Science Fair Project Encyclopedia
Silence is a relative or total lack of sound.
Silence as a Mark of Respect
Since its inception, silence has been a part of the rituals surrounding Armistice Day. A two-minute silence is held at 11am, "the eleventh hour of the eleventh day of the eleventh month" (the time that the armistice became effective), both on Armistice Day itself and on Remembrance Sunday. In the early years of the century the two minutes were very fully observed, even to the extent of traffic stopping in the streets. The practice declined somewhat (except as part of the Remembrance Sunday ritual itself) but regained popularity in the 1990s, partly through the agency of the then prime minister John Major. The two-minute silence was first observed in Cape Town, South Africa in 1916 following the publication of South Africa's first casualty list of World War I. Sir Harry Hands, the Mayor of Cape Town, ordered a two-minute silent pause, to follow the firing of the Noon gun, in commemoration of those lost.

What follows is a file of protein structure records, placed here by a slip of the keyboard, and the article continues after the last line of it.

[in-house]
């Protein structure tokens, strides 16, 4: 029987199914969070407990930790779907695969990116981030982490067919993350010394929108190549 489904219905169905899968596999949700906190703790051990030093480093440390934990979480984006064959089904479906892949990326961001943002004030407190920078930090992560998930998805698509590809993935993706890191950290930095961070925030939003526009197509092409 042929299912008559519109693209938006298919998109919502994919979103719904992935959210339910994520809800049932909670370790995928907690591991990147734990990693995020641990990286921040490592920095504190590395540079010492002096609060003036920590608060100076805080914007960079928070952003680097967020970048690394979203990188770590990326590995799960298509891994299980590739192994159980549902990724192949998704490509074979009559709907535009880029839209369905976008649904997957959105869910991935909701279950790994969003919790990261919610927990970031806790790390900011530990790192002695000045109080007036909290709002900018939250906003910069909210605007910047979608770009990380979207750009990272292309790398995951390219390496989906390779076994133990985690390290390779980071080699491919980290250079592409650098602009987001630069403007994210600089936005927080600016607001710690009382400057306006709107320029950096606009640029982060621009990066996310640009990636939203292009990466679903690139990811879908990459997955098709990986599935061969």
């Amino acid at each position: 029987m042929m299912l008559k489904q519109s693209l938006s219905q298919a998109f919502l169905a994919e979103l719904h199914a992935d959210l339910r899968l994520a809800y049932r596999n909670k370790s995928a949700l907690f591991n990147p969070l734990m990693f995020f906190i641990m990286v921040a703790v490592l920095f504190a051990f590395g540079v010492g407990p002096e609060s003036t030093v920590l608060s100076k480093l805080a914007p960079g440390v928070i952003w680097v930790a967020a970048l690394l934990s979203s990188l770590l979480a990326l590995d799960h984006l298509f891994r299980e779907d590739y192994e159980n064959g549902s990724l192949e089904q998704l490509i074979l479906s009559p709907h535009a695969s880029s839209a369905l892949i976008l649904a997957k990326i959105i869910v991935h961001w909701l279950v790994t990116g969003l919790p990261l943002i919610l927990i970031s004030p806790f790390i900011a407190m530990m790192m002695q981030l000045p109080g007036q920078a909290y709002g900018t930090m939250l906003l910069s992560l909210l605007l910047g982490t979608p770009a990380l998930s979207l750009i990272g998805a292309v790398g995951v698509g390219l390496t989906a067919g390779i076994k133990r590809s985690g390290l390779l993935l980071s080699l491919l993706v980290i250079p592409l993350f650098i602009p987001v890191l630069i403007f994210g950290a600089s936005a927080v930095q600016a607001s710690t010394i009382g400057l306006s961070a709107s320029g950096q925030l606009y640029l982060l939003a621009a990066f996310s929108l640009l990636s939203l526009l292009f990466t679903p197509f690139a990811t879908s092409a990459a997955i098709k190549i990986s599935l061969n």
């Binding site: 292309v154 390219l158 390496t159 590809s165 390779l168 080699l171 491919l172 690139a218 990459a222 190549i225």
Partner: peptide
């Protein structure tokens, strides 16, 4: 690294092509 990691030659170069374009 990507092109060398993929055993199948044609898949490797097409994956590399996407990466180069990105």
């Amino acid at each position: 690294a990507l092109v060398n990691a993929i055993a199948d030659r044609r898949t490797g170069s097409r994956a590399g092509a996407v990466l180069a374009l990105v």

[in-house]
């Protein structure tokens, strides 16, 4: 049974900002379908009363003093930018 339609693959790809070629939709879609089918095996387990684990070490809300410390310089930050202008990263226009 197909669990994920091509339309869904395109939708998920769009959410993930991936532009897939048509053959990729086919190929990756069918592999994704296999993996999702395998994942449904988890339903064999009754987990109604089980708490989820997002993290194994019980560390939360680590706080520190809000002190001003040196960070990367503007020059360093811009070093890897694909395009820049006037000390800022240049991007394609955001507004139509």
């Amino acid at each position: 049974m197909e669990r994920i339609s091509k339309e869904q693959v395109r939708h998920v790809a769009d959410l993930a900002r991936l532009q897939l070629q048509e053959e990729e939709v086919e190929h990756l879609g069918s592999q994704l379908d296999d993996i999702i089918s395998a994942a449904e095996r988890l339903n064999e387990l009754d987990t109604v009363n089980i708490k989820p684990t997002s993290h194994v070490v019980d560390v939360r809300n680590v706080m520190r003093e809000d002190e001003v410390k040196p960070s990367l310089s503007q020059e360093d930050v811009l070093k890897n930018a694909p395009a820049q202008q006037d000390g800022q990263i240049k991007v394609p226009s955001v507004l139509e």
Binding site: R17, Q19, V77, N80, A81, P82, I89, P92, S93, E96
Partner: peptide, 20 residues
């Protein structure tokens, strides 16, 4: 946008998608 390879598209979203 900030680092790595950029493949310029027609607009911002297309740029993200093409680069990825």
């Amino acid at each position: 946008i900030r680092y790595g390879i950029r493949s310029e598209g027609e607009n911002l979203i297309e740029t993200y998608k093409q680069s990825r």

Such silences, of between one and three minutes, are now quite often observed wherever large numbers of people are gathered, to commemorate the deaths of people who have died tragically or after a distinguished life, such as the victims of the September 11, 2001 attacks, the murdered toddler James Bulger, or the football manager Sir Matt Busby.
Silence in Music
One famous example of silence in, or even as, music is the avant garde composer John Cage's 1952 work 4'33". Cage had this to say about silence, "Until I die there will be sounds. And they will continue following my death. One need not fear about the future of music."
- Ralph Lichtensteiger on Silence & Music
- Ralph Lichtensteiger: Try to Make a Silence (poem)
- Silence/Stories Participants/Contributors: Lowell Cross, AP Crumlish, Karlheinz Essl, Raymond Federman, August Highland, George Koehler (coming soon), Richard Kostelanetz, Ian S. Macdonald, Beat Streuli, Dan Waber, Sigi Waters (coming soon), John Whiting ...
- Site of Silence
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